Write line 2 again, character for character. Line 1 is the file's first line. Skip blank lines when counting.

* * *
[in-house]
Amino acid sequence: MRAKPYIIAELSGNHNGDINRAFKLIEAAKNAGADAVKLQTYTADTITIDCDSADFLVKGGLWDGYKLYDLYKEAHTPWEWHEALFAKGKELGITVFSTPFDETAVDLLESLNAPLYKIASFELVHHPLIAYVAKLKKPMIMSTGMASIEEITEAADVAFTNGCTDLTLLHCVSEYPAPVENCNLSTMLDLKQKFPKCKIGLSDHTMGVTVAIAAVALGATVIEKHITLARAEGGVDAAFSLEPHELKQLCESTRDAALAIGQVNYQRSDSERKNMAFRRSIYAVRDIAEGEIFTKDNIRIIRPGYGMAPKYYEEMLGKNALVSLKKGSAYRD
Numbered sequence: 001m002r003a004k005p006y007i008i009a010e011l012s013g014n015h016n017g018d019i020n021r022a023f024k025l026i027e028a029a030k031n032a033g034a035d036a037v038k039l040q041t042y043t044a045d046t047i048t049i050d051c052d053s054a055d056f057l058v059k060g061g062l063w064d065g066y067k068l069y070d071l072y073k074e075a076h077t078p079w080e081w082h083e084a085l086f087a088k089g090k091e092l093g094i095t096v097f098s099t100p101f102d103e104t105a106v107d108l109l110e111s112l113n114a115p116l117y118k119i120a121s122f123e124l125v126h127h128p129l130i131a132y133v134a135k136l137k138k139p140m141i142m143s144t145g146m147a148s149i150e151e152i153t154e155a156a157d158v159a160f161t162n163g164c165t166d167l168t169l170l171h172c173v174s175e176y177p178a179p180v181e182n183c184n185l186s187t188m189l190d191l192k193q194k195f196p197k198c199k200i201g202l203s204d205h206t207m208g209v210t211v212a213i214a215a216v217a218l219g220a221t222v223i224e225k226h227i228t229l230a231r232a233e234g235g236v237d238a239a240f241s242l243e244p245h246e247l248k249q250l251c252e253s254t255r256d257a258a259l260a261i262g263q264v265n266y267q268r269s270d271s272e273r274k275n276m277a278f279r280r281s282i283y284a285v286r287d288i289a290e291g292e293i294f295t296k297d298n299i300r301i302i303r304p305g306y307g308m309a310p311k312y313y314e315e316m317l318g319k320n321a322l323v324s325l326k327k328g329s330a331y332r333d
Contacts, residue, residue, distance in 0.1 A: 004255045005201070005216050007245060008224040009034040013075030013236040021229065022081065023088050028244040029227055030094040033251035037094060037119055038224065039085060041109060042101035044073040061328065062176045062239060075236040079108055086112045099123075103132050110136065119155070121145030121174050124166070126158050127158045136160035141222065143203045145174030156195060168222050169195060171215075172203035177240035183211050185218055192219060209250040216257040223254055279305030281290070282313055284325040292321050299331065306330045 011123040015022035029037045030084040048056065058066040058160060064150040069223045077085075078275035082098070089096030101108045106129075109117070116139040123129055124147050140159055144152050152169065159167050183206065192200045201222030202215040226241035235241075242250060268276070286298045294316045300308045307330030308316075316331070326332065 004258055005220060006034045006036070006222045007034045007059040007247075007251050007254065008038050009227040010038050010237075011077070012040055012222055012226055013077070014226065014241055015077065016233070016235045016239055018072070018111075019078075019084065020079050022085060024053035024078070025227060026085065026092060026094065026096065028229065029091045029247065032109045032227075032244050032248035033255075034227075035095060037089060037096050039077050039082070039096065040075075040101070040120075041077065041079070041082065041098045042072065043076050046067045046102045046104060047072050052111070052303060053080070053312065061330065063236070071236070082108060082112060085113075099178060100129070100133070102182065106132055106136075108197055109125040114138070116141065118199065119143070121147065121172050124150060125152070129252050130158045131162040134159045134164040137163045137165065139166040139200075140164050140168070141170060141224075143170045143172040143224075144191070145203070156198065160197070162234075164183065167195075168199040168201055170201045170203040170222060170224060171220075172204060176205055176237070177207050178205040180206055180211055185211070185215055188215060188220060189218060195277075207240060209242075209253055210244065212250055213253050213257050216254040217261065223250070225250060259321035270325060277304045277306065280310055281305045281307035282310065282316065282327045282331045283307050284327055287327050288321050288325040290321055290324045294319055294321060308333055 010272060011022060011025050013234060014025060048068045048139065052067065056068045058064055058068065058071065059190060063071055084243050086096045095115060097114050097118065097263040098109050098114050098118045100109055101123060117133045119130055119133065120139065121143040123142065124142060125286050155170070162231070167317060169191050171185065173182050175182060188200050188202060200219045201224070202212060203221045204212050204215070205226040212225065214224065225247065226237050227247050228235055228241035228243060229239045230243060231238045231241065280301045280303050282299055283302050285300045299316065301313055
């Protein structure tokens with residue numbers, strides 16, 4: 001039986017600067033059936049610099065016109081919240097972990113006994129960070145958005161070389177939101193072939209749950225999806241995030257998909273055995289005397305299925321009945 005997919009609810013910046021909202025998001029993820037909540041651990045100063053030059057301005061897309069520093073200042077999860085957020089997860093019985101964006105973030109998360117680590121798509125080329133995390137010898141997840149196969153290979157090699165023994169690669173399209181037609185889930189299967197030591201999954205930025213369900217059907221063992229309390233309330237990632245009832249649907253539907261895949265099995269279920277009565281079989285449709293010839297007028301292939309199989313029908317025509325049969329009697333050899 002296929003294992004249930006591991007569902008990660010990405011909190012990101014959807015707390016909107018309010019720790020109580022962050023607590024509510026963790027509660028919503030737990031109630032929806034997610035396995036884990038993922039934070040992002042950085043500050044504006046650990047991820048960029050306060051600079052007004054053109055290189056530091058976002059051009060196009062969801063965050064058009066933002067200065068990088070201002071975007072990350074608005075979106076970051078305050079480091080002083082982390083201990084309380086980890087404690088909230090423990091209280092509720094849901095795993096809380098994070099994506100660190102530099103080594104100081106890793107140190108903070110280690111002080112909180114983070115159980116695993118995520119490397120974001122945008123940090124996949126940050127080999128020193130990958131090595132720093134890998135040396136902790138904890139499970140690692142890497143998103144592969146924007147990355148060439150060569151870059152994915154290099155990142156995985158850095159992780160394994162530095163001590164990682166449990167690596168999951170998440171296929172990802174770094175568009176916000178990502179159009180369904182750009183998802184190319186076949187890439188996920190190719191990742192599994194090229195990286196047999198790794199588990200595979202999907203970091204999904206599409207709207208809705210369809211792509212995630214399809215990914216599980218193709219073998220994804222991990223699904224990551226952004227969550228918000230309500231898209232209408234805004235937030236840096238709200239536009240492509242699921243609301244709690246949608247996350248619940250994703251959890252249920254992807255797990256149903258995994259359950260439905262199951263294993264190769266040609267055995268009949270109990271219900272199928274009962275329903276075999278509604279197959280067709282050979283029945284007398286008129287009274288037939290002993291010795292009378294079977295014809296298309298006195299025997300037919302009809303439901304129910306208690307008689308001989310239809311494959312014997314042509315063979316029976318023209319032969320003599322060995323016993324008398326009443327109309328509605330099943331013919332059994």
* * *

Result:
Amino acid sequence: MRAKPYIIAELSGNHNGDINRAFKLIEAAKNAGADAVKLQTYTADTITIDCDSADFLVKGGLWDGYKLYDLYKEAHTPWEWHEALFAKGKELGITVFSTPFDETAVDLLESLNAPLYKIASFELVHHPLIAYVAKLKKPMIMSTGMASIEEITEAADVAFTNGCTDLTLLHCVSEYPAPVENCNLSTMLDLKQKFPKCKIGLSDHTMGVTVAIAAVALGATVIEKHITLARAEGGVDAAFSLEPHELKQLCESTRDAALAIGQVNYQRSDSERKNMAFRRSIYAVRDIAEGEIFTKDNIRIIRPGYGMAPKYYEEMLGKNALVSLKKGSAYRD